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Photo: AZPM

A classroom in the Vail School District in suburban Tucson.

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Arizona students made small gains in math and reading, while just more than half passed science and writing in standardized tests taken in spring, state officials said Thursday.

In addition, composite scoring showed more than 300 public schools improving at least one letter grade on an A-F scale, Superintendent of Public Instruction John Huppenthal said in a statement prepared for a Thursday press conference.

John Huppenthal portrait

Photo: AZPM

John Huppenthal, Arizona superintendent of public instruction.

Huppenthal released 2012-13 results of the AIMS test and school grades for all students and all schools in public systems, including traditional district schools and charters.

"The majority of Arizona schools are doing quite well," Huppenthal said in the statement. "Arizona's schools are improving. In fact, we found over 300 schools improved a letter grade over last year."

Four of the state's top 10 school districts are in Southern Arizona. The top three are Benson, Vail and Catalina Foothills. Tanque Verde ranked ninth in the state.

The AIMS exam, which will be replaced after more than a decade at the end of the next school year, is administered each spring to students in Grades 3 through 8 and Grade 10.

The state Department of Education reported that 78 percent of students passed the reading exam, an increase from 77 percent in 2011-12. Sixty-one percent passed math, up one percentage point, 57 percent passed science and 56 percent passed writing.

"Our writing and science test results are a wakeup call," Huppenthal said in a prepared statement. "It is unacceptable that over 40 percent of our students cannot test at a minimum AIMS standard in writing and science."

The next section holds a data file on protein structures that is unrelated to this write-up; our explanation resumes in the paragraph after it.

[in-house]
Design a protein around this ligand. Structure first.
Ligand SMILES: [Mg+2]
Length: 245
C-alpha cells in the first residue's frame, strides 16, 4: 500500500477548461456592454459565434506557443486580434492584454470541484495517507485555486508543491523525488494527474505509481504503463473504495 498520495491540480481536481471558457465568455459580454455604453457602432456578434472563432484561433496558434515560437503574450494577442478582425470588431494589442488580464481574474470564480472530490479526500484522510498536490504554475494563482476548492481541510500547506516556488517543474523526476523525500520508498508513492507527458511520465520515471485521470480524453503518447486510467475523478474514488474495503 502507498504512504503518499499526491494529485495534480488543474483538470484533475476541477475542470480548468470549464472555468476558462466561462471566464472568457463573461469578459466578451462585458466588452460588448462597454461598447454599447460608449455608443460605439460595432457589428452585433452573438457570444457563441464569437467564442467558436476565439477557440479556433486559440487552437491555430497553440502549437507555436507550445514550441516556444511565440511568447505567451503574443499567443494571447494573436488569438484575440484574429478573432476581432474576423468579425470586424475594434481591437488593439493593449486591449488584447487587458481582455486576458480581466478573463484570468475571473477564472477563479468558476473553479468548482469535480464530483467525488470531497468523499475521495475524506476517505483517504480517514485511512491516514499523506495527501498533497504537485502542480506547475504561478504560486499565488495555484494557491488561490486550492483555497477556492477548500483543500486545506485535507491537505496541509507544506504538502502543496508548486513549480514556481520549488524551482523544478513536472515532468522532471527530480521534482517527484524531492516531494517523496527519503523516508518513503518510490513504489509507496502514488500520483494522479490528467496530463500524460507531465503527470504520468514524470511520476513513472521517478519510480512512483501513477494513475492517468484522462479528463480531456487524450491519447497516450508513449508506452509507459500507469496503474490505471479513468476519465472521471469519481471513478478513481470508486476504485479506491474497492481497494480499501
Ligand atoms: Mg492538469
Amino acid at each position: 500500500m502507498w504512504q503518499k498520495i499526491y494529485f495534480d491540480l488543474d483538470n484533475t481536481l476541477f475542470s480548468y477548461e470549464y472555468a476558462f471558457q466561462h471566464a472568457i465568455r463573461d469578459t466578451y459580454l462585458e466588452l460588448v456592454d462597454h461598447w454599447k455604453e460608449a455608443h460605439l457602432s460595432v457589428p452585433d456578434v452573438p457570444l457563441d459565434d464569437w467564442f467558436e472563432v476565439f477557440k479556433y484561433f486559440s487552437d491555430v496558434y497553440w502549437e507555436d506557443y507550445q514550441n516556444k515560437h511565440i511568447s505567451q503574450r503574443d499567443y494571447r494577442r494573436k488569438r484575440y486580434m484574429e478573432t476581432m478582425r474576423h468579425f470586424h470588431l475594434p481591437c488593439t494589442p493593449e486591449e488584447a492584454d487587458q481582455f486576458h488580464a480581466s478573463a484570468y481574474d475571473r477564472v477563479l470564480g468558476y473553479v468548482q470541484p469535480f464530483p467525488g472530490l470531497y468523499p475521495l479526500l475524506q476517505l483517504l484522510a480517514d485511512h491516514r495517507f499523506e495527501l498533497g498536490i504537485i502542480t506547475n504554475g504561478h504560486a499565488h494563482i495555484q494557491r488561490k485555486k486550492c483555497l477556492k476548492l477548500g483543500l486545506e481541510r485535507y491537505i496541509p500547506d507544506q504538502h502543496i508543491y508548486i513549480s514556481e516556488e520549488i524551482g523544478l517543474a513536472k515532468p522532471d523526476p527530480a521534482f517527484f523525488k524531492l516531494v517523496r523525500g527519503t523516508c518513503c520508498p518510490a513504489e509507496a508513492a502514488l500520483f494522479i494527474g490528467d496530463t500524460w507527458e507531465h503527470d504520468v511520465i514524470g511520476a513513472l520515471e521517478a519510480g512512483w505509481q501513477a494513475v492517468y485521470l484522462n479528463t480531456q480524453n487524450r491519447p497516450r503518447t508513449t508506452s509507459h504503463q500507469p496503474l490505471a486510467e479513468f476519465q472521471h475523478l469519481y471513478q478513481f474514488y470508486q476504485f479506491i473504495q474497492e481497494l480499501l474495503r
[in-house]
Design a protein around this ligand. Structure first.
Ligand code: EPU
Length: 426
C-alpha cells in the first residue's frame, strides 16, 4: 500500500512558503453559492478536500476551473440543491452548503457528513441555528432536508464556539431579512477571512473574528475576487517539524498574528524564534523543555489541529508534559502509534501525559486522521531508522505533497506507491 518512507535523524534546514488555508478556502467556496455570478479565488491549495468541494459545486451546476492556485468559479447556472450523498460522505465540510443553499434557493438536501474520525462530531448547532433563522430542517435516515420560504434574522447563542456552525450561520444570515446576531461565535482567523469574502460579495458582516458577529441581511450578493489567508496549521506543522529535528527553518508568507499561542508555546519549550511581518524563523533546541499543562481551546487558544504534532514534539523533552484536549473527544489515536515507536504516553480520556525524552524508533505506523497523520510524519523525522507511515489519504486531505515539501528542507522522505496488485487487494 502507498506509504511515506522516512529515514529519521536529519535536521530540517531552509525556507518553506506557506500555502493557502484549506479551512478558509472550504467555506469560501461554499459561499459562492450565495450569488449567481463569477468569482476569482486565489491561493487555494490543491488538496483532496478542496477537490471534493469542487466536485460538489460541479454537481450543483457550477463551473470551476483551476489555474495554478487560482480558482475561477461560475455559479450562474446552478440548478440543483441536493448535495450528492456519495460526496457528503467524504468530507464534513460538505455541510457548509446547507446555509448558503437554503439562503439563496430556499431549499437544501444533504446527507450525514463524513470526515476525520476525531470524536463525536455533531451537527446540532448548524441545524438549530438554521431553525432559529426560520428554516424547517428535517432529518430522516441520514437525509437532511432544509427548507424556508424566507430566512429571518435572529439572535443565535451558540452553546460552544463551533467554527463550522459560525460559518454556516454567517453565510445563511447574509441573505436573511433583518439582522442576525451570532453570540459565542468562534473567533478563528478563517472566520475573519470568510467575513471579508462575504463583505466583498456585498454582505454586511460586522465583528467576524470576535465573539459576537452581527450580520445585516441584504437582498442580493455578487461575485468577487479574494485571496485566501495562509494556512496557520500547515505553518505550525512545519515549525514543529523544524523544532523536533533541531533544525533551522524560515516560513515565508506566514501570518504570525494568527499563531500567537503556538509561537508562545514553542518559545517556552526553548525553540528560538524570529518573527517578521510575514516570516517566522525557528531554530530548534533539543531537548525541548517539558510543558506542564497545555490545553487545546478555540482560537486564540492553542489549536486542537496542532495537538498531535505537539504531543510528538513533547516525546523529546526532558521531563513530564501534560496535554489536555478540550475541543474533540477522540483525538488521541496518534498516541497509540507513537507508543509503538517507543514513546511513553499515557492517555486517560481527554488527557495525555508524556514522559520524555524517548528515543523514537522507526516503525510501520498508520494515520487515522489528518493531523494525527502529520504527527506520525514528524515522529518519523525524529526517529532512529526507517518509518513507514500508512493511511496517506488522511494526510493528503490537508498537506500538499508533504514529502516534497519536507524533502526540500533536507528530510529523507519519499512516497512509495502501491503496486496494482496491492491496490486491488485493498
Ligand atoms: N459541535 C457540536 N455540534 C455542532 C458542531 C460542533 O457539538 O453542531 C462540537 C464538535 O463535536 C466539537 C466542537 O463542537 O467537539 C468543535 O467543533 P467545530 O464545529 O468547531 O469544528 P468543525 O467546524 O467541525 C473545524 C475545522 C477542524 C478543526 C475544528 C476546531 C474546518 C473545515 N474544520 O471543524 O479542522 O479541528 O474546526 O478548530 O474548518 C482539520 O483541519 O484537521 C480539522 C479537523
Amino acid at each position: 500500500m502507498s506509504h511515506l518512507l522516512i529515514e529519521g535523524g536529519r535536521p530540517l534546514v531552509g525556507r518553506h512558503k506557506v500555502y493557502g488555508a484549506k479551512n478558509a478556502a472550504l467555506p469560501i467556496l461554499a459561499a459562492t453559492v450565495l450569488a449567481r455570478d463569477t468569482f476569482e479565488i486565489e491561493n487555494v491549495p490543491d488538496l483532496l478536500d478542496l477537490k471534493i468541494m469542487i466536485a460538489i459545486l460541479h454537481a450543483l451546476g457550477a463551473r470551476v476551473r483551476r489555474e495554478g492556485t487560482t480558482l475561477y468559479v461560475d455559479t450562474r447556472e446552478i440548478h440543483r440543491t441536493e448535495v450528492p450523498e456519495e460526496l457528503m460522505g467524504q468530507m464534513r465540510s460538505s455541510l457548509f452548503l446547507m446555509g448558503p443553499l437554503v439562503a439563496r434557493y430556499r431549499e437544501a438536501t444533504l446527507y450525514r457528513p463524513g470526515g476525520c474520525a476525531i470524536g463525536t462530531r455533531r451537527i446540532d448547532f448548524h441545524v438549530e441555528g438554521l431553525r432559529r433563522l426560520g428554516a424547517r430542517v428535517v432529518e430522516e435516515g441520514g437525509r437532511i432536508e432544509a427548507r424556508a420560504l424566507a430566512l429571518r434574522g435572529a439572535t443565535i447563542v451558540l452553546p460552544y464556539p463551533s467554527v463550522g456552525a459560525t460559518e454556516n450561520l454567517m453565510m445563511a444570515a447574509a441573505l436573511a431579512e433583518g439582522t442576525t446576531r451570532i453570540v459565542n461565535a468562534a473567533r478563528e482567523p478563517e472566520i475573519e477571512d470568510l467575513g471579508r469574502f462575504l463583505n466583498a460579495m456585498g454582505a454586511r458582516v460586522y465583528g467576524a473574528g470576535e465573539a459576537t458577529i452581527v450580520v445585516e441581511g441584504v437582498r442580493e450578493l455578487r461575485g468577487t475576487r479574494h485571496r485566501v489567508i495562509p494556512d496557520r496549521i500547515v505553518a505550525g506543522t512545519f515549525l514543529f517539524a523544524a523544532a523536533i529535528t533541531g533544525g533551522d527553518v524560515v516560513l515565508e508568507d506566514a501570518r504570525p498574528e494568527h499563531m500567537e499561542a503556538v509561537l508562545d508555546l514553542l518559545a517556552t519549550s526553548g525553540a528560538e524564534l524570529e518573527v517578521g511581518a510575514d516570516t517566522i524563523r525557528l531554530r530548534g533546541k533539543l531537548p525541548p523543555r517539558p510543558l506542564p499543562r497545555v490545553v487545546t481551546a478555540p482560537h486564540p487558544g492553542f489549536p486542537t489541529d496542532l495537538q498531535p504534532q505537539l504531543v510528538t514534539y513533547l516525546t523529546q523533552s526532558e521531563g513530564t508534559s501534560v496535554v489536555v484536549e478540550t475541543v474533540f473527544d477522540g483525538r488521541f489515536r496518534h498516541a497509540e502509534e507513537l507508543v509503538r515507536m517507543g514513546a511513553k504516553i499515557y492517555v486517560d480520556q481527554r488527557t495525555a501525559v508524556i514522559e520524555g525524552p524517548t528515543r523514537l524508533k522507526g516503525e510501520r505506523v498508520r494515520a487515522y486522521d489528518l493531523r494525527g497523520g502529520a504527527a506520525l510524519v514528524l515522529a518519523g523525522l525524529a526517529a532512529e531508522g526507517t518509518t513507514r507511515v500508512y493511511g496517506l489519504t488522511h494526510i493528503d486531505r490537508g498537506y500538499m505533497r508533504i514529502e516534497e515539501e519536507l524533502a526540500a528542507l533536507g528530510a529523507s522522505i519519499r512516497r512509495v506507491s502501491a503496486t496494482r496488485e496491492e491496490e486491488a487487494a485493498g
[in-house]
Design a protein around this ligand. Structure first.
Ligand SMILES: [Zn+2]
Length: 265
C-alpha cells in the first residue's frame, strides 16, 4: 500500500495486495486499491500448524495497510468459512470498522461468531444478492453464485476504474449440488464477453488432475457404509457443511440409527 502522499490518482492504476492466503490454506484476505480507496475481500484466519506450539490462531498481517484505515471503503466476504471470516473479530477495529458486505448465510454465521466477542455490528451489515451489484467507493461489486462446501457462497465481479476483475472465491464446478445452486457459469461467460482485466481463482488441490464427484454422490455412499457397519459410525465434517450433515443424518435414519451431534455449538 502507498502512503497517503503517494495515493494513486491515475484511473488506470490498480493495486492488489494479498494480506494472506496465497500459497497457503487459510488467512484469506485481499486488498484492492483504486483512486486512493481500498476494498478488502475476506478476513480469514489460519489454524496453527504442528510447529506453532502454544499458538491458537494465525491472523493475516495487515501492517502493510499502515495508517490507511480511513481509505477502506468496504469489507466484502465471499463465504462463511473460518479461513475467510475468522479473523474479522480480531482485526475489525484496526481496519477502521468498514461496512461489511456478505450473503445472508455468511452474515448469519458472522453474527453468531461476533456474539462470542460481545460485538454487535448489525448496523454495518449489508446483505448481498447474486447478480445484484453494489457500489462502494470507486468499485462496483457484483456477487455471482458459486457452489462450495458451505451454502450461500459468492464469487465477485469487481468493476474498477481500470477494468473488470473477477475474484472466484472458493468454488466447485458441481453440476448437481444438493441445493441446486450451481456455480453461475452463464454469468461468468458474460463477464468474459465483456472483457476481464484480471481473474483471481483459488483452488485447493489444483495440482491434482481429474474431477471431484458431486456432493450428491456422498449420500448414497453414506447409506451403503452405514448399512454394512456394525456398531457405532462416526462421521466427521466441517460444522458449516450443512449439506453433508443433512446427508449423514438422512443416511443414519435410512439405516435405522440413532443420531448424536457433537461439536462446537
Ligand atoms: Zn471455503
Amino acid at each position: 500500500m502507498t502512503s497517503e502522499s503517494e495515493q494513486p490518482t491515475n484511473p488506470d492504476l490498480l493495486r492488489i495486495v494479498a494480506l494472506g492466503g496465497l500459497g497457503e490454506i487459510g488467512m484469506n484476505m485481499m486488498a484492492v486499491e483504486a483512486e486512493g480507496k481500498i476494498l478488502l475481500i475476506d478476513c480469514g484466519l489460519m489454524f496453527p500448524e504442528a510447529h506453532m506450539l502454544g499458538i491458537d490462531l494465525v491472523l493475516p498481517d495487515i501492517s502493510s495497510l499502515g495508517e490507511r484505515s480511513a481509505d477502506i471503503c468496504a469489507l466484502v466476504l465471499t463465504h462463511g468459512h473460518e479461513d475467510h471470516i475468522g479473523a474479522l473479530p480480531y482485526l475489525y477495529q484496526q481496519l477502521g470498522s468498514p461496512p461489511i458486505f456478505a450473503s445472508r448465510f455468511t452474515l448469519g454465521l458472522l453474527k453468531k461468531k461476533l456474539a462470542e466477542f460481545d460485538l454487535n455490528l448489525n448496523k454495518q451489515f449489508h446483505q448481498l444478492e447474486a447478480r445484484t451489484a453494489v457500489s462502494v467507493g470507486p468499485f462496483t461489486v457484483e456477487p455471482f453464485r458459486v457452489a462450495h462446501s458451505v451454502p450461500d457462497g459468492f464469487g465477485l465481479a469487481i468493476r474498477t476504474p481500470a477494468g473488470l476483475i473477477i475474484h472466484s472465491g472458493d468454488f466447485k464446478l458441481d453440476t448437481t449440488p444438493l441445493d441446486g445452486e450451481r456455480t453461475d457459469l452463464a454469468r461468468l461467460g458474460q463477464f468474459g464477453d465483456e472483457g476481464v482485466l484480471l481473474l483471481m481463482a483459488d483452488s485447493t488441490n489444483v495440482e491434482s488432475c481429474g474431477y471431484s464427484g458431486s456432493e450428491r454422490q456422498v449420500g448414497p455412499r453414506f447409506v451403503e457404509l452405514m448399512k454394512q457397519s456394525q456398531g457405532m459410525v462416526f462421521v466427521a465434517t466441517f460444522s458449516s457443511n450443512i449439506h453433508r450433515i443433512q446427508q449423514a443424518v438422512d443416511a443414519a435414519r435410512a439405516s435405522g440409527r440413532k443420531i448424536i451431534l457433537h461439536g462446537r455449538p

Tenth graders scored some of the best increases statewide, improving 2 percentage points in math to 62 percent passing and 3 points in reading to 83 percent passing. Seventy percent of 10th graders passed the writing exam, the same as in 2011-12.

In Pima County, more than half of schools scored an A or a B, 24 percent scored Cs and almost 16 percent, or about one in six, received D grades.

All sites in the Vail School District, in a Tucson suburb, received As, a first for the district, while in Tanque Verde and Catalina Foothills districts, also Tucson suburbs, all but one school in each scored As. The lone school not getting an A in each district earned a B.

Most schools in Tucson Unified, the metro area's largest district, were graded B or C. Sunnyside had no A schools, while Flowing Wells and Marana had no D schools.

Arizona public schools are introducing a nationally recognized curriculum called Common Core Standards in the new school year, changing teaching and learning methods and processes. That will lead to abandonment of the AIMS exam and adoption of a new standardized annual proficiency exam, to be administered starting in 2014-15.

Here's a complete list of the state schools' AIMS test results.